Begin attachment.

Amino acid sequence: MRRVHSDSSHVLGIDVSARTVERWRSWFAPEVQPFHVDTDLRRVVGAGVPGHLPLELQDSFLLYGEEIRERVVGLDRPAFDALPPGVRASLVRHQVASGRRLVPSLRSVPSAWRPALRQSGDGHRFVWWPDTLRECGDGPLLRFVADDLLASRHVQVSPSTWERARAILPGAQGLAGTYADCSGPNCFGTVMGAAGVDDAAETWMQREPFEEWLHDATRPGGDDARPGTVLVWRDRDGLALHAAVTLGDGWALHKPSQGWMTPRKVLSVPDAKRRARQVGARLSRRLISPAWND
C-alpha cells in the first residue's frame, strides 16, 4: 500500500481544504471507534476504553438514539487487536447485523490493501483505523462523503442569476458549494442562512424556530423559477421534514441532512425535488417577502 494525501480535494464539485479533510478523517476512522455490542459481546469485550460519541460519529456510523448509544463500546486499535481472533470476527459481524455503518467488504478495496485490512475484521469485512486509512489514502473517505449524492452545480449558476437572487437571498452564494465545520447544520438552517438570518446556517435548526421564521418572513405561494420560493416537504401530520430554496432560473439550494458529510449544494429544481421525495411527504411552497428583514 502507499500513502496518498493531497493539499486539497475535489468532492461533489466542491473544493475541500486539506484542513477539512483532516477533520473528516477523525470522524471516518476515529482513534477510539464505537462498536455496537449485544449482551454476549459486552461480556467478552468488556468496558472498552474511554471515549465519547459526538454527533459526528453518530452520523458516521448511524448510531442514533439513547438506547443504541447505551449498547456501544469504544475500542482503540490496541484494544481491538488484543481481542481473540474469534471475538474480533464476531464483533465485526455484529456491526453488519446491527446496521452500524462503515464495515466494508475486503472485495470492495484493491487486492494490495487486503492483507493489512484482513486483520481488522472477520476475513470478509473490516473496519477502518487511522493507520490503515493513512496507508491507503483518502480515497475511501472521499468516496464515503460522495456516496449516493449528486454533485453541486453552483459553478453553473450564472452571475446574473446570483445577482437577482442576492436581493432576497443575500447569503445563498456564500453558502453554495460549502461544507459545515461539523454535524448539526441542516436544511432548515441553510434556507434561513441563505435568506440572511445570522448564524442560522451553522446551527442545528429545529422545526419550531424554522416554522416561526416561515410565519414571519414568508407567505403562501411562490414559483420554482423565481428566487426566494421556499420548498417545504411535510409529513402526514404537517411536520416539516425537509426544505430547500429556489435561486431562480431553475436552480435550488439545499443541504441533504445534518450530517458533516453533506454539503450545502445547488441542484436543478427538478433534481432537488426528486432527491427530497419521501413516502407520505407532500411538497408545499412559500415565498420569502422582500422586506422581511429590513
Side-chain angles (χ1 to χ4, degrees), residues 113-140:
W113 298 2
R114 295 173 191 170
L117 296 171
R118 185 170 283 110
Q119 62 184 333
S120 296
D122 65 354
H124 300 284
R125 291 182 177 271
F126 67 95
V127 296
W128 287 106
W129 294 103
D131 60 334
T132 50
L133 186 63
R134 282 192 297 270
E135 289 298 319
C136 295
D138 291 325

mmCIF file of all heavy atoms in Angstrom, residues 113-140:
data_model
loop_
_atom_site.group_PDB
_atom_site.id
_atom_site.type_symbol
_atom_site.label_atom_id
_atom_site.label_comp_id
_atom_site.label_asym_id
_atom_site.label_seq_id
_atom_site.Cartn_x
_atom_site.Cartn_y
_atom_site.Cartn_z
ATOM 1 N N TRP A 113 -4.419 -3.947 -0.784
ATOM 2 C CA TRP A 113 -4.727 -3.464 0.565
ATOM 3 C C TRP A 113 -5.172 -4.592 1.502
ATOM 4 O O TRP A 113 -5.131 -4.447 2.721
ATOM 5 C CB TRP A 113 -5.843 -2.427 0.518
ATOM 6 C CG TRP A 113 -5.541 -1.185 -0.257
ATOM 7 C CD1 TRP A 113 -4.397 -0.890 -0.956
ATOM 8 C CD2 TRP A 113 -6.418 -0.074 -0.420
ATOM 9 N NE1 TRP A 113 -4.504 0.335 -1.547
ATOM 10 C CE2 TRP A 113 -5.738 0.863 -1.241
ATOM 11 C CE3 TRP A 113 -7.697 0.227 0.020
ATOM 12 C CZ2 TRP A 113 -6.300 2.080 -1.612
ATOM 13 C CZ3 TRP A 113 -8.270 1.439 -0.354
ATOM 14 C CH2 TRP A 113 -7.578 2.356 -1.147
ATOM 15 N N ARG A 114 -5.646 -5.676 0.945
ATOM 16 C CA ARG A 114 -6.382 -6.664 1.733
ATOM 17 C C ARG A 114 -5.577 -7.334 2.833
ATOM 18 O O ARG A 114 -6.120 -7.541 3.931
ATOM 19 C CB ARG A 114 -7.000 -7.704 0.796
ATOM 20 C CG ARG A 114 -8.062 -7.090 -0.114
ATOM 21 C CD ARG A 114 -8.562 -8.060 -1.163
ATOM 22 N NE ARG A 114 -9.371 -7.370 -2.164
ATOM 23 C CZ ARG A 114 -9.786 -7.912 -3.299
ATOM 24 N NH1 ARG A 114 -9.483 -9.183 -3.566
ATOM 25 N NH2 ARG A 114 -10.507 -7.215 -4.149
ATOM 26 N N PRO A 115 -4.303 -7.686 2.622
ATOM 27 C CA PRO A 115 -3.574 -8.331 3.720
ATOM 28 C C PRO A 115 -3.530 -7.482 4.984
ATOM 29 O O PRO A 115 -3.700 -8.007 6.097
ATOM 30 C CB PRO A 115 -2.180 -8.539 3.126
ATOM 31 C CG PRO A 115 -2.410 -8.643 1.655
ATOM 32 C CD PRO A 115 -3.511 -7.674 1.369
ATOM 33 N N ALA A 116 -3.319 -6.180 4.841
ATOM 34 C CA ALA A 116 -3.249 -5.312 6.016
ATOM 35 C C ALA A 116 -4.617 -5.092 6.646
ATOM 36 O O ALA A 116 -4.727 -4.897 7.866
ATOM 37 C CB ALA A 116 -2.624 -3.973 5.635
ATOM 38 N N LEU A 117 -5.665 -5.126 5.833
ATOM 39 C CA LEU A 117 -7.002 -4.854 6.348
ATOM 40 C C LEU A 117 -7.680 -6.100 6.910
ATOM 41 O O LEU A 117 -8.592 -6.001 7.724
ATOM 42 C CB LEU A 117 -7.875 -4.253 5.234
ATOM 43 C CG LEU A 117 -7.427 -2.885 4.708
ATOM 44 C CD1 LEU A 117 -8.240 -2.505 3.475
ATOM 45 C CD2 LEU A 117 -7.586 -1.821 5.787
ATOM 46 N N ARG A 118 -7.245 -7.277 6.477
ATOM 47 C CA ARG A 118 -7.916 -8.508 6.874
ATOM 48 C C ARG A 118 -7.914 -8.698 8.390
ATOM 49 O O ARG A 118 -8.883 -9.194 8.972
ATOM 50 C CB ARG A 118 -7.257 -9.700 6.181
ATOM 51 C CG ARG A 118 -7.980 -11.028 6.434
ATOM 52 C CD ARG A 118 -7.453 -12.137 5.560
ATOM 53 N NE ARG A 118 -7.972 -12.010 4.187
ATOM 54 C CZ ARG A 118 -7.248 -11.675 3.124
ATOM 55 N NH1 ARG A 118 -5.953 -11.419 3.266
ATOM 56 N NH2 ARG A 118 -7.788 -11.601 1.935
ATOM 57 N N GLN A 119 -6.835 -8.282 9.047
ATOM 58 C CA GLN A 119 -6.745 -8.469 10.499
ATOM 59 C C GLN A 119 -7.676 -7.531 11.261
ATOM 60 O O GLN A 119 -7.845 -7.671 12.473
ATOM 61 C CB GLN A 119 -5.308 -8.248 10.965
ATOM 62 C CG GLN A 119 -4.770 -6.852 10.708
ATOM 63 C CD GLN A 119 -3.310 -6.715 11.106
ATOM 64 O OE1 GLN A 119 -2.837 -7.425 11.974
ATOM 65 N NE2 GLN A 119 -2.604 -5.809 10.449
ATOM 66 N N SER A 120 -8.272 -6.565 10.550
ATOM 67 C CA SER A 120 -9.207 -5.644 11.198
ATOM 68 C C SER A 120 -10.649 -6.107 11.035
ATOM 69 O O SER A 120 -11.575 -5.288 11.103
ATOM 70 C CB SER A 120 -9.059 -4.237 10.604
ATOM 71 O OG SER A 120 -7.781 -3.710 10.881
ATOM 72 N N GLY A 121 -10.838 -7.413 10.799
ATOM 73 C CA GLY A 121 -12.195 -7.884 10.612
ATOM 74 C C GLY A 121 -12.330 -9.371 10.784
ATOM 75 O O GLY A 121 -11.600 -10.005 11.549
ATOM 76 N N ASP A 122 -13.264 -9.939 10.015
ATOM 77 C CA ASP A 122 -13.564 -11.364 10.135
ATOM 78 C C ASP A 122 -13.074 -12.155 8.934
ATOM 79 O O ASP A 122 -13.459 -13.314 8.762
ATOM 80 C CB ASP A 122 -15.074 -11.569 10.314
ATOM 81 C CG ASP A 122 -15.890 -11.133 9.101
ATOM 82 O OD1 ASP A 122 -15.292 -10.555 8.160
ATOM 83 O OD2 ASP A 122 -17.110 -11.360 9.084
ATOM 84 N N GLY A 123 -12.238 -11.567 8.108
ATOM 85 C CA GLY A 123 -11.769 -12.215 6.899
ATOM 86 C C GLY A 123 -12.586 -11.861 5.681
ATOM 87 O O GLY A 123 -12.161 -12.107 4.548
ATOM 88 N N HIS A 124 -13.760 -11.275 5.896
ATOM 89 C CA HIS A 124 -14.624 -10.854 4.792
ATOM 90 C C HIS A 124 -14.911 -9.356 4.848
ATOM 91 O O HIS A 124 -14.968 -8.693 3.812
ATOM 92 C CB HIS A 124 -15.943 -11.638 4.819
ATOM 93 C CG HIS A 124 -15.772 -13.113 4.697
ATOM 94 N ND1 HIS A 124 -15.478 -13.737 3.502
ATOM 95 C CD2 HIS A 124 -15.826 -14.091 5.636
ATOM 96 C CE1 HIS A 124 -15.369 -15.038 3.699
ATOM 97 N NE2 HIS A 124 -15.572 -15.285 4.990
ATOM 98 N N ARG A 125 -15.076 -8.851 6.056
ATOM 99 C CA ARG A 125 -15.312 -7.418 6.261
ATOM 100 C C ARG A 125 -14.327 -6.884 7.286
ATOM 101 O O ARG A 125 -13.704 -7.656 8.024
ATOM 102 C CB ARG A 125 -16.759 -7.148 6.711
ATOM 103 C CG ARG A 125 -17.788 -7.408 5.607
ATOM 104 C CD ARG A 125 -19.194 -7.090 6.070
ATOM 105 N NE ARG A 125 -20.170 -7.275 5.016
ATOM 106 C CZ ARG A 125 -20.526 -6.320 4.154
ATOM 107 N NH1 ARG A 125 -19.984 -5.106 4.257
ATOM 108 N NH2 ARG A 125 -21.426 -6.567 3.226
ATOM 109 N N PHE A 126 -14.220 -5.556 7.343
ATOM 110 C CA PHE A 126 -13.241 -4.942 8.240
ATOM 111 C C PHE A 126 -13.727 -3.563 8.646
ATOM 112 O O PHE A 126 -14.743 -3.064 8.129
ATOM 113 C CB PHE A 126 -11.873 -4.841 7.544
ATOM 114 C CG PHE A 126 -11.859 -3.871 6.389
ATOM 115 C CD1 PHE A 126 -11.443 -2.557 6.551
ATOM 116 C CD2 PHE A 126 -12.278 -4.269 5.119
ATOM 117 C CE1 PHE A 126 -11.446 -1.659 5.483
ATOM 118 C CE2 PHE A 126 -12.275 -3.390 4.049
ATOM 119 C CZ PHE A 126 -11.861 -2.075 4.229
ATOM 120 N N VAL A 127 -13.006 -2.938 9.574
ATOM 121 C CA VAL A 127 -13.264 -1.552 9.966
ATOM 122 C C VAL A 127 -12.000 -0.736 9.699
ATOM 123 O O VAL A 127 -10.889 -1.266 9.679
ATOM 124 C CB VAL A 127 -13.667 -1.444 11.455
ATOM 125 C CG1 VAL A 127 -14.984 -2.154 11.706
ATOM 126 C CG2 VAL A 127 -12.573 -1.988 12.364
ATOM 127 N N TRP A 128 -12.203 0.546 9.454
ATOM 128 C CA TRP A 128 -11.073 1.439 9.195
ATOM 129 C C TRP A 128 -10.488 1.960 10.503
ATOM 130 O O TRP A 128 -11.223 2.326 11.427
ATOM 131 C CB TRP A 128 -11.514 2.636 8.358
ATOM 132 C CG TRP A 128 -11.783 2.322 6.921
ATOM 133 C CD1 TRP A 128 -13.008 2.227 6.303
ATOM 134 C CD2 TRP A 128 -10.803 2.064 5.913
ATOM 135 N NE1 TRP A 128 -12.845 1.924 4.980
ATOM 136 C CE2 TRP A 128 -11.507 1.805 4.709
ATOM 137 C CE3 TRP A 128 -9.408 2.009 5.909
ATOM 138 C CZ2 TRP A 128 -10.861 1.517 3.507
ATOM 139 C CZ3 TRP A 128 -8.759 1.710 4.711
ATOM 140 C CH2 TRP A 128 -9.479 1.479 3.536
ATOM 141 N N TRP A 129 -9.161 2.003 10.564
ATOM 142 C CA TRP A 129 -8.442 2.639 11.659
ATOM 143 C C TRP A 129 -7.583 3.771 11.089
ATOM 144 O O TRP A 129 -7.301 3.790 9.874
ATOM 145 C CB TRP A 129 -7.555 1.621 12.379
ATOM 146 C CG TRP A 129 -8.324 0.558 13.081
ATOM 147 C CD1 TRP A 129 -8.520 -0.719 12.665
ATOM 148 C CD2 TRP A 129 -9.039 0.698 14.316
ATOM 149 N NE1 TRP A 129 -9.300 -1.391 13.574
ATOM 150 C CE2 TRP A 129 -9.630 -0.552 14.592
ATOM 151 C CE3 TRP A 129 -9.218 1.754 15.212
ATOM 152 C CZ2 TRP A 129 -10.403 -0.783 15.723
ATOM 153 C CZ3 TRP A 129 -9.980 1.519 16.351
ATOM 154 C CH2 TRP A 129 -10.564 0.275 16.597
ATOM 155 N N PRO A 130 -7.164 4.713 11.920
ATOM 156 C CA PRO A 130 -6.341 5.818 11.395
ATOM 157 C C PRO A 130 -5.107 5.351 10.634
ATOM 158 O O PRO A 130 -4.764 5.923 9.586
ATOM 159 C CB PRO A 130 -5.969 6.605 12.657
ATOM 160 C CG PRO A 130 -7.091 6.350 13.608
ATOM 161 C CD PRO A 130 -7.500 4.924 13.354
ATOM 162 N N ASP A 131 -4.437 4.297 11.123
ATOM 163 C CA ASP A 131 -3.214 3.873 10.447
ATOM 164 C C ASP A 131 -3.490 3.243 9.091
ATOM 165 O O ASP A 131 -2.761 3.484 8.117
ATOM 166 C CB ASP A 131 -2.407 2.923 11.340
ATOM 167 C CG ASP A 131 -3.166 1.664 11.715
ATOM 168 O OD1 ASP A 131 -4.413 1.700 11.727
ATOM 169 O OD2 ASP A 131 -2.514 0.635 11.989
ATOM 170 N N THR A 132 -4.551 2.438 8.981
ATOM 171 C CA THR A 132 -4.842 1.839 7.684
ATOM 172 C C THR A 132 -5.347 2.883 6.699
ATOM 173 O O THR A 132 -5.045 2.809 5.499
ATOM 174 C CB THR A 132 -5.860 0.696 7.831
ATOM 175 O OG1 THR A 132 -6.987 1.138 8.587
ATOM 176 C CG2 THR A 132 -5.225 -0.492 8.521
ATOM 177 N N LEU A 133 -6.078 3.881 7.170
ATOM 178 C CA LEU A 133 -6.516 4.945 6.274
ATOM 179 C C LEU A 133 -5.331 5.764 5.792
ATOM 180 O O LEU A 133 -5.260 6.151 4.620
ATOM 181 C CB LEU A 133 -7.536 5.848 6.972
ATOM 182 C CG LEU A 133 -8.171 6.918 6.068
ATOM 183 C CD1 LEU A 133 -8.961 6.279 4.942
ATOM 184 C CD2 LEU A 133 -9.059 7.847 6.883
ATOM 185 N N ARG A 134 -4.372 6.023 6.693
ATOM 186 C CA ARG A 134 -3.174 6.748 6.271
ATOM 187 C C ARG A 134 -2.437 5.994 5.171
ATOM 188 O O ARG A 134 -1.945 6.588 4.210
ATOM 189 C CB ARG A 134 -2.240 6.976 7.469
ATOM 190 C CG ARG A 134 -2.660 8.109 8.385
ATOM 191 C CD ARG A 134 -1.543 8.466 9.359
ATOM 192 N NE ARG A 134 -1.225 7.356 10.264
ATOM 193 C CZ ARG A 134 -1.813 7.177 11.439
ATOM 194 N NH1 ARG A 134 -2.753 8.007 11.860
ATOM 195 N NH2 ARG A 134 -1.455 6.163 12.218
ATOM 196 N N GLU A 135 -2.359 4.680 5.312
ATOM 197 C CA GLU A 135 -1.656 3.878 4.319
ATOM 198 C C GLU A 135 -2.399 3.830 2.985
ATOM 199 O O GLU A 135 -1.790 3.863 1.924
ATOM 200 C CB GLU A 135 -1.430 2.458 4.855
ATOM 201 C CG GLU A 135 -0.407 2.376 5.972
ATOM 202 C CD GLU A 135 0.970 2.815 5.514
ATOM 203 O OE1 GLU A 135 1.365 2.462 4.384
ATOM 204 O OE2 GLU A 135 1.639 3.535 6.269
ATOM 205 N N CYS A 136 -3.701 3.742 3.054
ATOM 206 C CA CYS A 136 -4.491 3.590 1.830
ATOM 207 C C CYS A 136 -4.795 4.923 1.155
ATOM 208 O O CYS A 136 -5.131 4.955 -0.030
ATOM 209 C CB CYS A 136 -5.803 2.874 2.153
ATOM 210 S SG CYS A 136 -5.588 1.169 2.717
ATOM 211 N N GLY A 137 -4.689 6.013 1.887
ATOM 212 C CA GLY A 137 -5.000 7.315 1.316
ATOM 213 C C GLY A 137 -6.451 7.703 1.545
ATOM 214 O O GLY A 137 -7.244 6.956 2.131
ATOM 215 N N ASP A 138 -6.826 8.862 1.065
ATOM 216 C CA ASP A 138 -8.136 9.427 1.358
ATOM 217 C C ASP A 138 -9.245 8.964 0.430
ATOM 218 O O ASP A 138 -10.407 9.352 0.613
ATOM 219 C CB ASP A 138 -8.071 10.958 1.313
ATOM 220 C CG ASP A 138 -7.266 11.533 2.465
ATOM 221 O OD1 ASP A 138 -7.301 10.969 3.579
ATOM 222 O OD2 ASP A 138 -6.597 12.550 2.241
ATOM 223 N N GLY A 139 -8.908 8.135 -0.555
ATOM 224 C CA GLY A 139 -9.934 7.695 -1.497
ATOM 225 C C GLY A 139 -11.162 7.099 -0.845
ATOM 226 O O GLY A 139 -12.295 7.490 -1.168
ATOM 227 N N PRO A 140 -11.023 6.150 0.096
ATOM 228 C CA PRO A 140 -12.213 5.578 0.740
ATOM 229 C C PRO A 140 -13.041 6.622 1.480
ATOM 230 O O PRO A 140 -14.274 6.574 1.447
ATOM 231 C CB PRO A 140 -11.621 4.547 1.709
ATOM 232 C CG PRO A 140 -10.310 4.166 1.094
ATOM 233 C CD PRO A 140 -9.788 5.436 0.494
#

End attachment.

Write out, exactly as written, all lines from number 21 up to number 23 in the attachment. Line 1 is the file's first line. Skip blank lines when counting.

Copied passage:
E135 289 298 319
C136 295
D138 291 325